Supermarket chains Sainsbury’s and the Co-operative have both announced initiatives which will removing more than 1,000 tonnes of plastic from use. But, the Co-op is to replace its bag with ‘compostable’ bags, which themselves remain a matter of discussion among plastic recyclers.
And, on the manufacturing side, Hellman’s is the latest company to announce a switch to 100% recycled content in its mayonnaise bottles by the end of 2022. This will save approximately 1,480 tonnes of virgin plastic every year, according to the company which is owned by Unilever.
The Co-operative announced today it will be removing plastic bags for life from sale in all 2,600 stores.
Co-op’s approach involves removing bags for life from sale, rolling out a compostable bags for 10p and setting the price of its lowest cost reusable bag at 50p.
The company claimed that the low-cost, reusable bag has become the new single-use carrier.
As part of this move, and ahead of the new carrier bag levy increase coming in to place at the end of April, the convenience retailer will also roll out compostable carriers to all stores to ensure that customers are able to “purchase a low-cost, low impact alternative bag with a sustainable second use”.
Co-op’s initiative will remove 29.5 million bags for life, weighing around 870 tonnes of plastic, from sale each year.
Jo Whitfield, chief executive of Co-op Food, said: “Increased use of Bags for Life has led to a sharp rise in plastic use. With over 1.5 billion bags sold each year by retailers, this remains a massive issue for our industry as many shoppers are regularly buying so called ‘Bags for Life’ to use just once and it’s leading to major hike in the amount of plastic being produced.
“To help tackle plastic pollution and the use of unnecessary plastic, we will be ceasing the sale of Bags for Life when current stocks are exhausted. We’re also ensuring all of our members and customers have access to a low price point option that’s more environmentally friendly, alongside more durable bags at a higher price point”.
Sainsbury’s announced yesterday (29 April) it is working with the Prevented Ocean Plastic programme to turn plastic collected from the coast into packaging for its strawberry and fresh fish ranges.
Working closely with its packaging supplier Sharpak, the supermarket chain said 34% of Sainsbury’s fish and 80% of Berry Garden punnets of strawberries will be sold in packaging rescued from coastal areas.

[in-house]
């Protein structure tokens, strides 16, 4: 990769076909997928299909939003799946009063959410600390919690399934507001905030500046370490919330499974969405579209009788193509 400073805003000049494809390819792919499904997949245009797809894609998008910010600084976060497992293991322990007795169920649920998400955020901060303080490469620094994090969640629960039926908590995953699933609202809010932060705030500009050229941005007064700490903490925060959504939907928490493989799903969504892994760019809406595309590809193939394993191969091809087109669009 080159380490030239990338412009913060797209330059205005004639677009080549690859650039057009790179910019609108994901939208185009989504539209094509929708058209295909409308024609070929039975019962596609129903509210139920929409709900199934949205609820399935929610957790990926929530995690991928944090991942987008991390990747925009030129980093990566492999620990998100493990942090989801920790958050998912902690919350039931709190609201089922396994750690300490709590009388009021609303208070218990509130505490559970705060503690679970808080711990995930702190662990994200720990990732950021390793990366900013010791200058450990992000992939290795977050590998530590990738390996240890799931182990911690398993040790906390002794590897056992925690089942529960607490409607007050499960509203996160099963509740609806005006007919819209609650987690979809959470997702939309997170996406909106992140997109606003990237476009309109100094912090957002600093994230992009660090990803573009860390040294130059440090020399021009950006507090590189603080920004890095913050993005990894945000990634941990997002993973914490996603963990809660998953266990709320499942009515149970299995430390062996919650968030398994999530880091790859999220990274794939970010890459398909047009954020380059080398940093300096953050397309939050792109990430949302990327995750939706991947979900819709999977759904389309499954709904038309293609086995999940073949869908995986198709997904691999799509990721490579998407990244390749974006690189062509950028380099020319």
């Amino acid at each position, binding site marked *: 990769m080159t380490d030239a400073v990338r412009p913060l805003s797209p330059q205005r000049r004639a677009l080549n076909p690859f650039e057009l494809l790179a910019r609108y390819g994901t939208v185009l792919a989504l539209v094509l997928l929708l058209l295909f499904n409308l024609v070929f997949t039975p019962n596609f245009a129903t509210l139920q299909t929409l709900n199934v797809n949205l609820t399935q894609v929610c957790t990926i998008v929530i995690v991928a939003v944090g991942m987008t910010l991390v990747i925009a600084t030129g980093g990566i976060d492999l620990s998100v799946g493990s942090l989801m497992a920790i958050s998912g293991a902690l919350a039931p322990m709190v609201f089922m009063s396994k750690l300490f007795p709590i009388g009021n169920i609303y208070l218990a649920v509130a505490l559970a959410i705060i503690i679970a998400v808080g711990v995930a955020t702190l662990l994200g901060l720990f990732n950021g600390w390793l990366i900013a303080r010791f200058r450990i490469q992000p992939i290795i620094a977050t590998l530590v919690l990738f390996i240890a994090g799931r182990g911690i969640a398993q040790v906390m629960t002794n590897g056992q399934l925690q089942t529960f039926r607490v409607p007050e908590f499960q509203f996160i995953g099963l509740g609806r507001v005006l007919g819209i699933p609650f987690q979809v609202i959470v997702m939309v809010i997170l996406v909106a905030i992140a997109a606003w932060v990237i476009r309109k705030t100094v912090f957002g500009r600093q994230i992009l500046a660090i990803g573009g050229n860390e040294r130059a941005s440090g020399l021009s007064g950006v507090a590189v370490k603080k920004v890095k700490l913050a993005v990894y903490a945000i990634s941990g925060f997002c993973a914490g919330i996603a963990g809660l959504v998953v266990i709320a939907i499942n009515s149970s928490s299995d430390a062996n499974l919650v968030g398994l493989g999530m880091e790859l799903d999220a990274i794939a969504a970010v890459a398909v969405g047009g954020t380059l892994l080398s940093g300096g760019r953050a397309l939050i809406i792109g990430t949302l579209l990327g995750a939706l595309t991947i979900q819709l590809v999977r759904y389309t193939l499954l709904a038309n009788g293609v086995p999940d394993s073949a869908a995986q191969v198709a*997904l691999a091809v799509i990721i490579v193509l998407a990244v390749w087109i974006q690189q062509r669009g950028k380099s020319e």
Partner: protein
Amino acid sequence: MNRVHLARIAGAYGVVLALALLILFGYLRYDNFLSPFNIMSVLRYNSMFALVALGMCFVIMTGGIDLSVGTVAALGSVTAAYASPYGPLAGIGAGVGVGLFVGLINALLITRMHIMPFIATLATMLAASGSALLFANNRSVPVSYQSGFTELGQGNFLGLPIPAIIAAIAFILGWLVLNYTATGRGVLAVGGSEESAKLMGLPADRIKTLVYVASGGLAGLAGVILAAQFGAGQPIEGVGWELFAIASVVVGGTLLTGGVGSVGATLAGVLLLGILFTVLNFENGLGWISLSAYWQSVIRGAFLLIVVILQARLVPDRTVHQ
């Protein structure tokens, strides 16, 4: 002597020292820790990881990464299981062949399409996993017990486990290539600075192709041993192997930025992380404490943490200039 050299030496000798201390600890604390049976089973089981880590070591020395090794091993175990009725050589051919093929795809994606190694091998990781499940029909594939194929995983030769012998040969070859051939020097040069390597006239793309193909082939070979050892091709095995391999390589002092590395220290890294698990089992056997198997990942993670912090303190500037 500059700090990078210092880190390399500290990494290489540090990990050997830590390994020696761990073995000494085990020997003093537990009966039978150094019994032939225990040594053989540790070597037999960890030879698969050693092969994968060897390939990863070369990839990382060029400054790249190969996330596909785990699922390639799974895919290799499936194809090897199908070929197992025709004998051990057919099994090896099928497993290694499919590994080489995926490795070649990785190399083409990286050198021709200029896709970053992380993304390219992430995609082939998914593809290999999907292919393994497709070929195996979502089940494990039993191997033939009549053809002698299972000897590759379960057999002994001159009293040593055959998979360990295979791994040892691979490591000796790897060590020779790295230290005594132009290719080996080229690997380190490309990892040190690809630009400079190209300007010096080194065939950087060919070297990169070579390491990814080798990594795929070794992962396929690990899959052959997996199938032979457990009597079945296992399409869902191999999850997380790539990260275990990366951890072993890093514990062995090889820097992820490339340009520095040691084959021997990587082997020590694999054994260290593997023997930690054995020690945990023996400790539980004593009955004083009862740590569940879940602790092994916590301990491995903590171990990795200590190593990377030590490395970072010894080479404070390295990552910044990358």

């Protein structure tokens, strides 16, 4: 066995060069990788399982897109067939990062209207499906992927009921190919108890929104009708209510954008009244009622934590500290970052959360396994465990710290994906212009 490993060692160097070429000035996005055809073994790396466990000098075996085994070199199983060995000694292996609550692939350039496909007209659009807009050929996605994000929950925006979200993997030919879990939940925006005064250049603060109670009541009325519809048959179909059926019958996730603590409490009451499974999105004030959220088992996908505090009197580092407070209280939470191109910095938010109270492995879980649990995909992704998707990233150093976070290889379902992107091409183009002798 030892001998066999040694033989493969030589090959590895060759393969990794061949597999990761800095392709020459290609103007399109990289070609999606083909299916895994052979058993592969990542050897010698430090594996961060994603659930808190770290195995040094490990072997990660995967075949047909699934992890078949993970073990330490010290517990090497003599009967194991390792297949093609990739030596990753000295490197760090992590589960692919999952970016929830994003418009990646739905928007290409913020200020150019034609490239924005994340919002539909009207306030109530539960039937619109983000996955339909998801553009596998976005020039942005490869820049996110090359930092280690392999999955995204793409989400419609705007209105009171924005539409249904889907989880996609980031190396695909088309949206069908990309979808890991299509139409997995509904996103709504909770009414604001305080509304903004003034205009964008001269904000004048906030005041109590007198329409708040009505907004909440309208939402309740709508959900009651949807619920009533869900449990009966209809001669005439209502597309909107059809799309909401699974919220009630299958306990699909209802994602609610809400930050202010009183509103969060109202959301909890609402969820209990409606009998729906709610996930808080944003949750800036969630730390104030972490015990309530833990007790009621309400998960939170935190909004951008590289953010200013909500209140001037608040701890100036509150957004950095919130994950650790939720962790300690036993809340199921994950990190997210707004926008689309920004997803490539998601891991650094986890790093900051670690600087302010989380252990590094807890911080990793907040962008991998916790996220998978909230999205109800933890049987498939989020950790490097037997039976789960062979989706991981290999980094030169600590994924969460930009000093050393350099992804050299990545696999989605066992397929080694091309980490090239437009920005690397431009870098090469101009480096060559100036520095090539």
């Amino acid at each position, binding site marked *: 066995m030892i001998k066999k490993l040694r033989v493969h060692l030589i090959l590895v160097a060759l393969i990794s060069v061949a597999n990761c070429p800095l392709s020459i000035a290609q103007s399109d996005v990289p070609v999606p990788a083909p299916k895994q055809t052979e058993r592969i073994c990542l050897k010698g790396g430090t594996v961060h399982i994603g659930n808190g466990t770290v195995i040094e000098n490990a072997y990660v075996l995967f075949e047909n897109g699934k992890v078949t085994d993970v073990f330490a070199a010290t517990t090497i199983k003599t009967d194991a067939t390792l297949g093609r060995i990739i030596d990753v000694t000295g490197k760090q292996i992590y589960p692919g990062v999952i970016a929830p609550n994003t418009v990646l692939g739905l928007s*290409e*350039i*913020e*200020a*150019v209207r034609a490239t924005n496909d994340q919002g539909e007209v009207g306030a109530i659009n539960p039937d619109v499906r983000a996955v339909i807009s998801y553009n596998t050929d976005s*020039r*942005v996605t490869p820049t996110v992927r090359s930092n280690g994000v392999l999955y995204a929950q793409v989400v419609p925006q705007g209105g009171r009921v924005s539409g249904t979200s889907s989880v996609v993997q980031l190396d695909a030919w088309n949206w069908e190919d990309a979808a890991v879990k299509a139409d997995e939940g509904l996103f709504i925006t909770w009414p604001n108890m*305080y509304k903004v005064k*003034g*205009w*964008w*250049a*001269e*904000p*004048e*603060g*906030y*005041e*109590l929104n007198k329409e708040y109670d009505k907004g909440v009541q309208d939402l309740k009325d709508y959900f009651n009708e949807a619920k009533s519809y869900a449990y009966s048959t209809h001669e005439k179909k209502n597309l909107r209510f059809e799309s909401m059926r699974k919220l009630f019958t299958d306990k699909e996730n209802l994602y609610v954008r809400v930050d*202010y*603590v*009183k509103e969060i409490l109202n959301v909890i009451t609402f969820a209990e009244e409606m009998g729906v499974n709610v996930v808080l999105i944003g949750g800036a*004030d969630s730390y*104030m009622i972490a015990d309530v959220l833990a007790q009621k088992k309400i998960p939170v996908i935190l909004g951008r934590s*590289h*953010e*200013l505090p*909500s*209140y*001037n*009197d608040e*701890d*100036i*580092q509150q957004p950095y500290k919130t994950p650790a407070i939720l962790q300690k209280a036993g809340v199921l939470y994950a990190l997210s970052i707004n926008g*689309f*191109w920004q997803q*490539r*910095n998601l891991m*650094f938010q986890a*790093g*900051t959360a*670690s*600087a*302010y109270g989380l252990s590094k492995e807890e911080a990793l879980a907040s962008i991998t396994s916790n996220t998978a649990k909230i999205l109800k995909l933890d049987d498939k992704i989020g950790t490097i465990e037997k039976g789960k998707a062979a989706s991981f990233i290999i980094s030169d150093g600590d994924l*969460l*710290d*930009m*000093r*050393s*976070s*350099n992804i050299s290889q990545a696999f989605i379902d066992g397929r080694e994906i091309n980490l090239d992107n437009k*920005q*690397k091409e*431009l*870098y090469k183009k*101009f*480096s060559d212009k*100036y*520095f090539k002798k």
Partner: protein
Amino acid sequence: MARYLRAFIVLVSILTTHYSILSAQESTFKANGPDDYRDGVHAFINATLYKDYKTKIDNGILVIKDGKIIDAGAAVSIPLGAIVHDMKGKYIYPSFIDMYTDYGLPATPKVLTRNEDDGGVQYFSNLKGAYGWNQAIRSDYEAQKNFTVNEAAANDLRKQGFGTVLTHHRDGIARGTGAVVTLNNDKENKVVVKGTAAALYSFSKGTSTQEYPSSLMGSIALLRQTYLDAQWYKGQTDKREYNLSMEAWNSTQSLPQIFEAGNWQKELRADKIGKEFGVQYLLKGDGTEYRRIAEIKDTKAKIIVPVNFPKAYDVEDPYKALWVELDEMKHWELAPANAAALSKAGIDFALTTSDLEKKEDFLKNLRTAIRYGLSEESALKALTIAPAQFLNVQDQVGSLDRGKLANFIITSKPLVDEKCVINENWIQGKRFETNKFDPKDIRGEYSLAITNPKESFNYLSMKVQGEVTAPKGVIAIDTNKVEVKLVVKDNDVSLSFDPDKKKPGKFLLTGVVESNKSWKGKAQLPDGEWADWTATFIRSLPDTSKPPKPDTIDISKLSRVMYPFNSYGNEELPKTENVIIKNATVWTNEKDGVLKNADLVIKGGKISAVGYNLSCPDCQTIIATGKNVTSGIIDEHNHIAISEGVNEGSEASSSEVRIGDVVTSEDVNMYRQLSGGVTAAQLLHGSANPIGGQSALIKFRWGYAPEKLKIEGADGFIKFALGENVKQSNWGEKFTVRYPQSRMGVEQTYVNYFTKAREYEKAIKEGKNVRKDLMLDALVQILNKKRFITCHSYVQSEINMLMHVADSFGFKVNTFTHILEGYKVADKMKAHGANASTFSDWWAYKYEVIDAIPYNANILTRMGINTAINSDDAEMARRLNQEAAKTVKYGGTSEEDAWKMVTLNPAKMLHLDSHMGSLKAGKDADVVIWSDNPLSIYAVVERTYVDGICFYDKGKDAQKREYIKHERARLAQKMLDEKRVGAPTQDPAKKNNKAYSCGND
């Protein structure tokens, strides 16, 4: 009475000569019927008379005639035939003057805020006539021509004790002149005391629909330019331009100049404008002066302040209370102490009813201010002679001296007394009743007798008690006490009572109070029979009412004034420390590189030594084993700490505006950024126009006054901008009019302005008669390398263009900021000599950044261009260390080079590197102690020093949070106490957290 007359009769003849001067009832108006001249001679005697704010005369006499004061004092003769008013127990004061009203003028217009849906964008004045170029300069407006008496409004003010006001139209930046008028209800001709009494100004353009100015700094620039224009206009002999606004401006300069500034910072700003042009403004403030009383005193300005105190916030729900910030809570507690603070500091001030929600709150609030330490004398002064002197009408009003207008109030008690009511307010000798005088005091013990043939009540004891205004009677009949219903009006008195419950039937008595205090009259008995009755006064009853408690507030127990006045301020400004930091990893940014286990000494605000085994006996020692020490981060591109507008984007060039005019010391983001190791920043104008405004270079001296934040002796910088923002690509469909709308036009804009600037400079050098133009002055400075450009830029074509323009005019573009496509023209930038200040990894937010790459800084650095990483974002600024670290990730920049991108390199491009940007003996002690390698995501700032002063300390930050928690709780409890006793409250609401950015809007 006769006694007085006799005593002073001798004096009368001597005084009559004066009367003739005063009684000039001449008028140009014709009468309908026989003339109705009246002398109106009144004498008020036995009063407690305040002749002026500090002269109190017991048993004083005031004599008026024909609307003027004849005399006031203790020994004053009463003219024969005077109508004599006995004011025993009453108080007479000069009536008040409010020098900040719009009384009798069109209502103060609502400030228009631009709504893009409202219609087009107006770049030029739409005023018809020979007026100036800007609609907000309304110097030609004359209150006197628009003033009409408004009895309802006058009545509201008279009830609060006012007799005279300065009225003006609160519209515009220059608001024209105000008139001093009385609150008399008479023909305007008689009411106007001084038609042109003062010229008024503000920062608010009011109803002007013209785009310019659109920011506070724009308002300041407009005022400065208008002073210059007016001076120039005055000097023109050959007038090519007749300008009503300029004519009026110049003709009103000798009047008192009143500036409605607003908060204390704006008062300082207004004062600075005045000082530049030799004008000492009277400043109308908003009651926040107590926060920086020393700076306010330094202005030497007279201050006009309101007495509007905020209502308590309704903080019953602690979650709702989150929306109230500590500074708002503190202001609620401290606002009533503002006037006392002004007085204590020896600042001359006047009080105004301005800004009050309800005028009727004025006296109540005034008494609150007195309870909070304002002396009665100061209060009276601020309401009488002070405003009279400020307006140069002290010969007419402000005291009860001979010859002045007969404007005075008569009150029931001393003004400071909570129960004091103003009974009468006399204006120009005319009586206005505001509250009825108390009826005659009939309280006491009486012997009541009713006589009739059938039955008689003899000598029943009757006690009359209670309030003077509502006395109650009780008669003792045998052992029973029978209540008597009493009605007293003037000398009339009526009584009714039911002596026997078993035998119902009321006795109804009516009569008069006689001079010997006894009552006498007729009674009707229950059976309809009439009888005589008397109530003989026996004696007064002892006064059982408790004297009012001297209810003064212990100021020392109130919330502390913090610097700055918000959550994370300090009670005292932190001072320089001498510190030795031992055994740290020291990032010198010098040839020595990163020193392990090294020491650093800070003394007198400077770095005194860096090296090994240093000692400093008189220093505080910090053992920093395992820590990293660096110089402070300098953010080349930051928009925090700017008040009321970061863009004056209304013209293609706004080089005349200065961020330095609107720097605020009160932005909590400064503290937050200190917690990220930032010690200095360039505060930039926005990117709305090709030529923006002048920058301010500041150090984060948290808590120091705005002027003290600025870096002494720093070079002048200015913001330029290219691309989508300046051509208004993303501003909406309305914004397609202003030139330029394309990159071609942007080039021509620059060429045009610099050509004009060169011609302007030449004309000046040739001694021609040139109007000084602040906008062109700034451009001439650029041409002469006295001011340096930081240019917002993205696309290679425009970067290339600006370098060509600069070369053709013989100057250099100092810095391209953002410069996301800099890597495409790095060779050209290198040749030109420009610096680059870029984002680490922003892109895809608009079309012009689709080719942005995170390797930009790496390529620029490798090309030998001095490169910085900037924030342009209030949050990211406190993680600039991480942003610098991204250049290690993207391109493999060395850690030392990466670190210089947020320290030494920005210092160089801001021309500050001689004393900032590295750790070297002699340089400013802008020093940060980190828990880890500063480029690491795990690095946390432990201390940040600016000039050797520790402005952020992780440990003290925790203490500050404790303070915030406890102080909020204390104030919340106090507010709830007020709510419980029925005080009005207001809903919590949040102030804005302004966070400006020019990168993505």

“Using Prevented Ocean Plastic is one change we’re making to our supply chain to help us remove, reduce, recycle and reuse plastic”
This will remove around 297 tonnes of plastic, the supermarket said.
Claire Hughes, director of product, packaging and innovation at Sainsbury’s, said: “Using Prevented Ocean Plastic is one change we’re making to our supply chain to help us remove, reduce, recycle and reuse plastic.
“Not only will it have a positive environmental impact by preventing plastic from polluting the ocean, but it will also have an important social impact by allowing our customers to make sustainable choices and support overseas coastal communities at risk of ocean plastic pollution.”
Hellmann’s, one of Unilever’s largest food brands in the UK, has begun moving its full ‘squeezy’ range in the UK to bottles made with 100% post-consumer recycled PET plastic.
The new packaging has been made using the “highest quality food-grade standard recycled plastic and will feature a ‘New 100% Recycled Bottle’ logo on the front of pack,” the company said.
Nearly half of the range (40%) has moved to the recycled plastic material already and reached shelves this month, with plans for the full range to have switched by the end of 2022.
Andre Burger, vice president of foods and refreshment for Unilever UK & Ireland commented: “With our new 100% recycled plastic bottles, which are also fully recyclable, we’re providing shoppers with an accessible and simple way to help make their households and mealtimes more sustainable – whilst continuing to enjoy the products they love.
“Our Hellmann’s bottles are our first food brand in the UK to use 100% post-consumer recycled plastic, and whilst making the switch has not been without it’s challenges, these learnings will enable us to accelerate the move of other Unilever food brands to using more recycled plastic too.”